A decent soundtrack and precise input recognition are all you really need to make a good rhythm game. The musical style, presentation, narrative framing, and method of interaction are all important details, too, but it’s those first two that will make or break any music game. It’s easy to get overly ambitious with the superficial stuff and let the fundamental pieces slip, especially when you’re working with a limited budget. LOUD, thankfully, doesn’t fall into that trap: it lands on Switch with bold ambitions that it doesn’t always rise to, but a rock-solid rhythm foundation and killer soundtrack keep the jam alive.
If you’ve played any of the Persona Dancing games, you’ll be right at home in Loud: six hit markers in a ring around the centre of the screen, with notes tracking in from the outside edges towards the screen. It skips over some of Persona‘s mechanical details (like two-button notes) in favour of others that better fit the indie / punk rock feel: a whammy bar and rapid-fire sections akin to Taiko no Tatsujin‘s drum roll. The result? Something immediately familiar, that’s easy to pick up and find the right groove, but still feels like it has an identity of its own.
That’s backed by finely-crafted. An entirely original soundtrack means you don’t get the benefit of already knowing a tune when you first jump into a new track, but the maps all do a fine job of helping you find the rhythm and then layering complexity over the course of a song. Harder difficulties ramp things up further still, and while it never gets quite as overwhelming as the genre’s arcade roots, there’s still some reasonable challenge to be found at the higher levels. Thankfully, the inputs and hit detection in LOUD are precise enough to never get in the way of rising to that challenge—especially when playing in handheld mode with headphones (which is, by far, the best way to play any rhythm game on Switch).
And of course, the music itself plays a big role. LOUD brings an album’s worth of pop-punk instrumentals to Switch, each one wildly different from the last but all carrying the same vibrant energy and raw, unrefined sound. The influence of the likes of Green Day and Blink-182 is abundant, but there’s also some surprising range as the soundtrack draws on everything from classic metal to modern indie rock, too. The lack of lyrics is a refreshing touch, too, letting the rhythm take centre stage and helping the music and beat maps cock together without linguistic distractions. Some may scoff at the comparatively limited track count (14), but it’s good, original music in a low-budget game that is, in a way, a playable album.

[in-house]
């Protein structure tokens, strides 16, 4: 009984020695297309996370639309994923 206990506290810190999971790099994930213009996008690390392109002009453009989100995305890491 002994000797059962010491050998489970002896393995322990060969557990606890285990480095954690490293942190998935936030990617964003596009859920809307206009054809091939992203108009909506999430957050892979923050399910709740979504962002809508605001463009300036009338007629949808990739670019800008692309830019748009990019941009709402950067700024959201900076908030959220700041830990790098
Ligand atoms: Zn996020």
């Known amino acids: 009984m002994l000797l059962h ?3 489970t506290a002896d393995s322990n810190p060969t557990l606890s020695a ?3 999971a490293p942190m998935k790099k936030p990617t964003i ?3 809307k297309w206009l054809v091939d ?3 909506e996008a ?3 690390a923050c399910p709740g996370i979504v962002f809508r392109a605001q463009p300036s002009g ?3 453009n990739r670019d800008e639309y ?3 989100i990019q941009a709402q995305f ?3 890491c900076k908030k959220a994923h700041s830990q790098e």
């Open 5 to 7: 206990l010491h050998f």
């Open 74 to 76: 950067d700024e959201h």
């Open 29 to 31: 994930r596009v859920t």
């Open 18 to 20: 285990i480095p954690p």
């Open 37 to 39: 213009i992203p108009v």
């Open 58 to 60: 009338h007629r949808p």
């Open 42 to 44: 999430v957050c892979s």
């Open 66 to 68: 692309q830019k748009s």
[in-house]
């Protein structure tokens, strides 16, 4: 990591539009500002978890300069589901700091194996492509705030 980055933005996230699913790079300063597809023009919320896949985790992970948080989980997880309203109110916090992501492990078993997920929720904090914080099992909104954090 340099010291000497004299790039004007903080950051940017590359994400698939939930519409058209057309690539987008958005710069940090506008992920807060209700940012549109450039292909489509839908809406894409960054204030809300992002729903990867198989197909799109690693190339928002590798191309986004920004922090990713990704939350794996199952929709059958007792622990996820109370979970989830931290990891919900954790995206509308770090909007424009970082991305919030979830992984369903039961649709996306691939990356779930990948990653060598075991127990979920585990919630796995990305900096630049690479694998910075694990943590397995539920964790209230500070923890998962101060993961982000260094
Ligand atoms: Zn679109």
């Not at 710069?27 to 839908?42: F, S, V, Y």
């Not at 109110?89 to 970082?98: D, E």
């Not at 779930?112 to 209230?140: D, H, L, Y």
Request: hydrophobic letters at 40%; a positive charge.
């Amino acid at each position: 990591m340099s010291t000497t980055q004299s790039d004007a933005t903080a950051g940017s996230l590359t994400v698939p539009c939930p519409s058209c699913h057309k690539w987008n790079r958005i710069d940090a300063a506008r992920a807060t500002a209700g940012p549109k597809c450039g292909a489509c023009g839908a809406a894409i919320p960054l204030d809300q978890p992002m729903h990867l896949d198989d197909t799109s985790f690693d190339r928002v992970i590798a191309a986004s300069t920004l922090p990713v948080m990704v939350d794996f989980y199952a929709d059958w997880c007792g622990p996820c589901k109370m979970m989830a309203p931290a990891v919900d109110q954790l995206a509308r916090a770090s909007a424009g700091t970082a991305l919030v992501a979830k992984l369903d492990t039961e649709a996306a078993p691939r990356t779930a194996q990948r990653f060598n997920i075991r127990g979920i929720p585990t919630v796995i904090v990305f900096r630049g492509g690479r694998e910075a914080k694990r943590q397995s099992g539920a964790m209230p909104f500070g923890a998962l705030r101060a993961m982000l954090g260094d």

The backdrop for all this rhythmic play is a simple tale about an awkward teenager discovering a passion for music and finding her place in the world through it. From jamming on a broom in her bedroom, to busking in the subway, to playing bar gigs, it’s a tale that will be relatable to many and familiar to most. It’s not about becoming the Next Big Thing or finding fame and fortune, but just about doing something you love—an intimate, quiet (ironically) journey through a little slice of someone’s life, free of drama or conflict. It’s nice, familiar, kind of comforting, but the trade off is a lack of any real depth or substance, both in the way the plot unfolds and the characters that drive it.
There’s ambition there for something bigger, something that cuts closer to the sort of adolescent slice of life you see in the likes of Life is Strange or Freaks and Geeks. It’s an ambition that LOUD never really rises to, instead delivering a story that’s relatable in its unremarkableness, but is unremarkable all the same. As a little narrative framing for the rhythm game core, though, it works well enough.
The best way to think of LOUD is like an interactive demo tape in the form of a Switch game. It doesn’t have the flash, licensed music, or sheer song count that bigger-budget rhythm games tend to shoot for, but in its place its something fresh, original, and invigorating in its raw energy. While it falls short of its narrative ambitions, it makes up for that in a kickass soundtrack and finely-tuned rhythm action core—and aren’t those the most important things in any music game?